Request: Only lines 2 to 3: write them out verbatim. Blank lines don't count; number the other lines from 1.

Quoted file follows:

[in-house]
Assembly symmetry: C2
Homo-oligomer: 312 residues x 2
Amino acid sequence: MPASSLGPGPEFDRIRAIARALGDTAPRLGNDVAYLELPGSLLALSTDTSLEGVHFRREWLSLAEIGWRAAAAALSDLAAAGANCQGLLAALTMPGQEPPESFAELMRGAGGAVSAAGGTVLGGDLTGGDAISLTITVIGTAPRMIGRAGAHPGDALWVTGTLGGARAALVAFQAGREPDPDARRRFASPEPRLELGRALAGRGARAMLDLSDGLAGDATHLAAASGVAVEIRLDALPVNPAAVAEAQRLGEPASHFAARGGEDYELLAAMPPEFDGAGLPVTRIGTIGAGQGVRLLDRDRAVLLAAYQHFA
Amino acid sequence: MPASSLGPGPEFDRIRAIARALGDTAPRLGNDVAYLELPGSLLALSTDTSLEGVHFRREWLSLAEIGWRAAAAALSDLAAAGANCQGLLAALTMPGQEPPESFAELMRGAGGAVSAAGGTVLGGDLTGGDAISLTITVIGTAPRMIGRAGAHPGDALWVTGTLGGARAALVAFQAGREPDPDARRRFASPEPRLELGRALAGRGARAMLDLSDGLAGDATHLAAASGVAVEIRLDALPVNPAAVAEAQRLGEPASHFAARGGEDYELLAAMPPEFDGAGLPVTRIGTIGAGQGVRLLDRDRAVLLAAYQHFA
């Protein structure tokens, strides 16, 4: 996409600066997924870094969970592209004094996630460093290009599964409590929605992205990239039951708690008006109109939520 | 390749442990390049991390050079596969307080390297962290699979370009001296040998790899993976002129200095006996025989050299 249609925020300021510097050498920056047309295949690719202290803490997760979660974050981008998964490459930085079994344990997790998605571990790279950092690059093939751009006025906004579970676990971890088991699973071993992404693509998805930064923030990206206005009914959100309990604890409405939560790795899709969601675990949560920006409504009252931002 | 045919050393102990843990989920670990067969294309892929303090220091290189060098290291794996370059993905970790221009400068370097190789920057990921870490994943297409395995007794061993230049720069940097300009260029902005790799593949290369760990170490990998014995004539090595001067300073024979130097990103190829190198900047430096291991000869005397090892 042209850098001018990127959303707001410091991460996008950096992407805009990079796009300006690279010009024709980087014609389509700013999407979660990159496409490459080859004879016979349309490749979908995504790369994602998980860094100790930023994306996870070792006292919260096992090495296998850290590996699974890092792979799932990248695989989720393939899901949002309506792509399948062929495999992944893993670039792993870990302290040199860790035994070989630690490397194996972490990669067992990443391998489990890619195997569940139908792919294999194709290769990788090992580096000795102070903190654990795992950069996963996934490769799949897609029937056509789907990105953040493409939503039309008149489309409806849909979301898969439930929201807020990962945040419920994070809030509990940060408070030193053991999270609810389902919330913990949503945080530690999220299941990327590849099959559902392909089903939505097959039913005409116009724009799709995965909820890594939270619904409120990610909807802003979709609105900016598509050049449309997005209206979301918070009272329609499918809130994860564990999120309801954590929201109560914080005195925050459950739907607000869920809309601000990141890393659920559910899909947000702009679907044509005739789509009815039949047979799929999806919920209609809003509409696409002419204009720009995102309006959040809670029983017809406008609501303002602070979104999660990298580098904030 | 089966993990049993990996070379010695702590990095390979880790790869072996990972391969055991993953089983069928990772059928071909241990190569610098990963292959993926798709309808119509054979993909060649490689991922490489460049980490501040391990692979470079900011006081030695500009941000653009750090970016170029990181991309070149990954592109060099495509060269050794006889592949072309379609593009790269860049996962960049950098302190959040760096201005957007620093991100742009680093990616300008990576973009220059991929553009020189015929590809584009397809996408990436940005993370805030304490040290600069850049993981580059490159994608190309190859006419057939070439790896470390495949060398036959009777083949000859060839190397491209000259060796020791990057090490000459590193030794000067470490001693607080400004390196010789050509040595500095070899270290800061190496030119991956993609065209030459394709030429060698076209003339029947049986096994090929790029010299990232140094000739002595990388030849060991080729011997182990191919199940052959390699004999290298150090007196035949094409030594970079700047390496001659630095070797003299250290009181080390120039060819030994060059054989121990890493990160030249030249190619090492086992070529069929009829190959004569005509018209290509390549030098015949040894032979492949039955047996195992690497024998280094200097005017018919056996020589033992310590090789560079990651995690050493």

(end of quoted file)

Assembly symmetry: C2
Homo-oligomer: 312 residues x 2